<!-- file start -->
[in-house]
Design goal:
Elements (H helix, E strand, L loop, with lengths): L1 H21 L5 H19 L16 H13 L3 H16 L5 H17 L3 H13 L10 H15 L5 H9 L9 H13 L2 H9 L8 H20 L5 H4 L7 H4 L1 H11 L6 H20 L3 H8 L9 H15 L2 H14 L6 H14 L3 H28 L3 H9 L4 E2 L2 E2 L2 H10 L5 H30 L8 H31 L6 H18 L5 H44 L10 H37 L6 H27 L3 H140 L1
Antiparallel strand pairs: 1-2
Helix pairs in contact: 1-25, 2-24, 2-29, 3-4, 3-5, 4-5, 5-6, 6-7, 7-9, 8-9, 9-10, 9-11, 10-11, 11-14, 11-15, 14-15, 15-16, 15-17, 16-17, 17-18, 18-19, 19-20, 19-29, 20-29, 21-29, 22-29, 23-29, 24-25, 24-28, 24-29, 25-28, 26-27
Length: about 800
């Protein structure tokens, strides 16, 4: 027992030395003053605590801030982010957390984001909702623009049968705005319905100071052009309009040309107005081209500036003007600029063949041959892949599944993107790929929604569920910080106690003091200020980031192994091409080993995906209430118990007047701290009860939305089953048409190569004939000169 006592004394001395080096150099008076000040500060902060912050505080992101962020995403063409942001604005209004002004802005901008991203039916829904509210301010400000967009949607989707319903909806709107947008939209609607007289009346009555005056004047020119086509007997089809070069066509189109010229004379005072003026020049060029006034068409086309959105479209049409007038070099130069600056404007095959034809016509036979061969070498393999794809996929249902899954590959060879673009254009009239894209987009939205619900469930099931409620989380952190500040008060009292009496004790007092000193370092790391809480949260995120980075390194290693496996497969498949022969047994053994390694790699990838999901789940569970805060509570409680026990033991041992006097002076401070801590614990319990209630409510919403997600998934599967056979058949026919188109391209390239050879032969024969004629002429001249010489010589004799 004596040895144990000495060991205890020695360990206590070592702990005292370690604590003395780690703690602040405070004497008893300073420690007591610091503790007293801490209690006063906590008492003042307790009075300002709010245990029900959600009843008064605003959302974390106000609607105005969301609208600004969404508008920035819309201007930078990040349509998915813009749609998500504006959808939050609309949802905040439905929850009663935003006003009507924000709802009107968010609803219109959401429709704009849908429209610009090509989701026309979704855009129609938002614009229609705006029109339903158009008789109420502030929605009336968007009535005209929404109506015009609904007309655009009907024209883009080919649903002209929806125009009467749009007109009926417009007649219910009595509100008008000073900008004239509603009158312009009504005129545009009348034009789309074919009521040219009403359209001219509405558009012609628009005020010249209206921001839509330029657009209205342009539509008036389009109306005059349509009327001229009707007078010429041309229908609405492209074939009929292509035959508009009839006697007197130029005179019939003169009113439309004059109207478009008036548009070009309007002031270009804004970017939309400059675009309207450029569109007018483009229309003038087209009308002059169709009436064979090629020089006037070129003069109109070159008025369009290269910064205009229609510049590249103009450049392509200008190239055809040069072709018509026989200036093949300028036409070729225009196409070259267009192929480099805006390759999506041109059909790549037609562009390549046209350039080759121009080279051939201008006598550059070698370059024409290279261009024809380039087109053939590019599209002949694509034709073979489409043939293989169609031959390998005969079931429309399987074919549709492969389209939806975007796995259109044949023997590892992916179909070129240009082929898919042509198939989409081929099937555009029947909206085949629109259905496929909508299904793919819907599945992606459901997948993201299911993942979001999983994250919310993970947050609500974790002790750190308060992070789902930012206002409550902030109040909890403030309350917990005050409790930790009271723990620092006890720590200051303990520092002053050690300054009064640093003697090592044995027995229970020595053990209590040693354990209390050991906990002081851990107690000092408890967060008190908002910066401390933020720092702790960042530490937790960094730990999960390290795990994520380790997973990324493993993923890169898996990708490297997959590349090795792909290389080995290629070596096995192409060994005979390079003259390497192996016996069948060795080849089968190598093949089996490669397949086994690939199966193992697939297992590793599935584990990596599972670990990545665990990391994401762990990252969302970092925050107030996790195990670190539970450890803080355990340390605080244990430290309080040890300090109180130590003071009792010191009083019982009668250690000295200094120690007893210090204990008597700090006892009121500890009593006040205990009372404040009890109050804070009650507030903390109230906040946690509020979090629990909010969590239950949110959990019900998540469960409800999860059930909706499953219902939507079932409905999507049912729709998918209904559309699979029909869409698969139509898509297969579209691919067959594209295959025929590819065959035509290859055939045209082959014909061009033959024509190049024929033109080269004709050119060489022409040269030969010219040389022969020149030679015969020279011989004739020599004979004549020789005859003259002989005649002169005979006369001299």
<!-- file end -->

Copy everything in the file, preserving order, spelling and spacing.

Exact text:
[in-house]
Design goal:
Elements (H helix, E strand, L loop, with lengths): L1 H21 L5 H19 L16 H13 L3 H16 L5 H17 L3 H13 L10 H15 L5 H9 L9 H13 L2 H9 L8 H20 L5 H4 L7 H4 L1 H11 L6 H20 L3 H8 L9 H15 L2 H14 L6 H14 L3 H28 L3 H9 L4 E2 L2 E2 L2 H10 L5 H30 L8 H31 L6 H18 L5 H44 L10 H37 L6 H27 L3 H140 L1
Antiparallel strand pairs: 1-2
Helix pairs in contact: 1-25, 2-24, 2-29, 3-4, 3-5, 4-5, 5-6, 6-7, 7-9, 8-9, 9-10, 9-11, 10-11, 11-14, 11-15, 14-15, 15-16, 15-17, 16-17, 17-18, 18-19, 19-20, 19-29, 20-29, 21-29, 22-29, 23-29, 24-25, 24-28, 24-29, 25-28, 26-27
Length: about 800
């Protein structure tokens, strides 16, 4: 027992030395003053605590801030982010957390984001909702623009049968705005319905100071052009309009040309107005081209500036003007600029063949041959892949599944993107790929929604569920910080106690003091200020980031192994091409080993995906209430118990007047701290009860939305089953048409190569004939000169 006592004394001395080096150099008076000040500060902060912050505080992101962020995403063409942001604005209004002004802005901008991203039916829904509210301010400000967009949607989707319903909806709107947008939209609607007289009346009555005056004047020119086509007997089809070069066509189109010229004379005072003026020049060029006034068409086309959105479209049409007038070099130069600056404007095959034809016509036979061969070498393999794809996929249902899954590959060879673009254009009239894209987009939205619900469930099931409620989380952190500040008060009292009496004790007092000193370092790391809480949260995120980075390194290693496996497969498949022969047994053994390694790699990838999901789940569970805060509570409680026990033991041992006097002076401070801590614990319990209630409510919403997600998934599967056979058949026919188109391209390239050879032969024969004629002429001249010489010589004799 004596040895144990000495060991205890020695360990206590070592702990005292370690604590003395780690703690602040405070004497008893300073420690007591610091503790007293801490209690006063906590008492003042307790009075300002709010245990029900959600009843008064605003959302974390106000609607105005969301609208600004969404508008920035819309201007930078990040349509998915813009749609998500504006959808939050609309949802905040439905929850009663935003006003009507924000709802009107968010609803219109959401429709704009849908429209610009090509989701026309979704855009129609938002614009229609705006029109339903158009008789109420502030929605009336968007009535005209929404109506015009609904007309655009009907024209883009080919649903002209929806125009009467749009007109009926417009007649219910009595509100008008000073900008004239509603009158312009009504005129545009009348034009789309074919009521040219009403359209001219509405558009012609628009005020010249209206921001839509330029657009209205342009539509008036389009109306005059349509009327001229009707007078010429041309229908609405492209074939009929292509035959508009009839006697007197130029005179019939003169009113439309004059109207478009008036548009070009309007002031270009804004970017939309400059675009309207450029569109007018483009229309003038087209009308002059169709009436064979090629020089006037070129003069109109070159008025369009290269910064205009229609510049590249103009450049392509200008190239055809040069072709018509026989200036093949300028036409070729225009196409070259267009192929480099805006390759999506041109059909790549037609562009390549046209350039080759121009080279051939201008006598550059070698370059024409290279261009024809380039087109053939590019599209002949694509034709073979489409043939293989169609031959390998005969079931429309399987074919549709492969389209939806975007796995259109044949023997590892992916179909070129240009082929898919042509198939989409081929099937555009029947909206085949629109259905496929909508299904793919819907599945992606459901997948993201299911993942979001999983994250919310993970947050609500974790002790750190308060992070789902930012206002409550902030109040909890403030309350917990005050409790930790009271723990620092006890720590200051303990520092002053050690300054009064640093003697090592044995027995229970020595053990209590040693354990209390050991906990002081851990107690000092408890967060008190908002910066401390933020720092702790960042530490937790960094730990999960390290795990994520380790997973990324493993993923890169898996990708490297997959590349090795792909290389080995290629070596096995192409060994005979390079003259390497192996016996069948060795080849089968190598093949089996490669397949086994690939199966193992697939297992590793599935584990990596599972670990990545665990990391994401762990990252969302970092925050107030996790195990670190539970450890803080355990340390605080244990430290309080040890300090109180130590003071009792010191009083019982009668250690000295200094120690007893210090204990008597700090006892009121500890009593006040205990009372404040009890109050804070009650507030903390109230906040946690509020979090629990909010969590239950949110959990019900998540469960409800999860059930909706499953219902939507079932409905999507049912729709998918209904559309699979029909869409698969139509898509297969579209691919067959594209295959025929590819065959035509290859055939045209082959014909061009033959024509190049024929033109080269004709050119060489022409040269030969010219040389022969020149030679015969020279011989004739020599004979004549020789005859003259002989005649002169005979006369001299």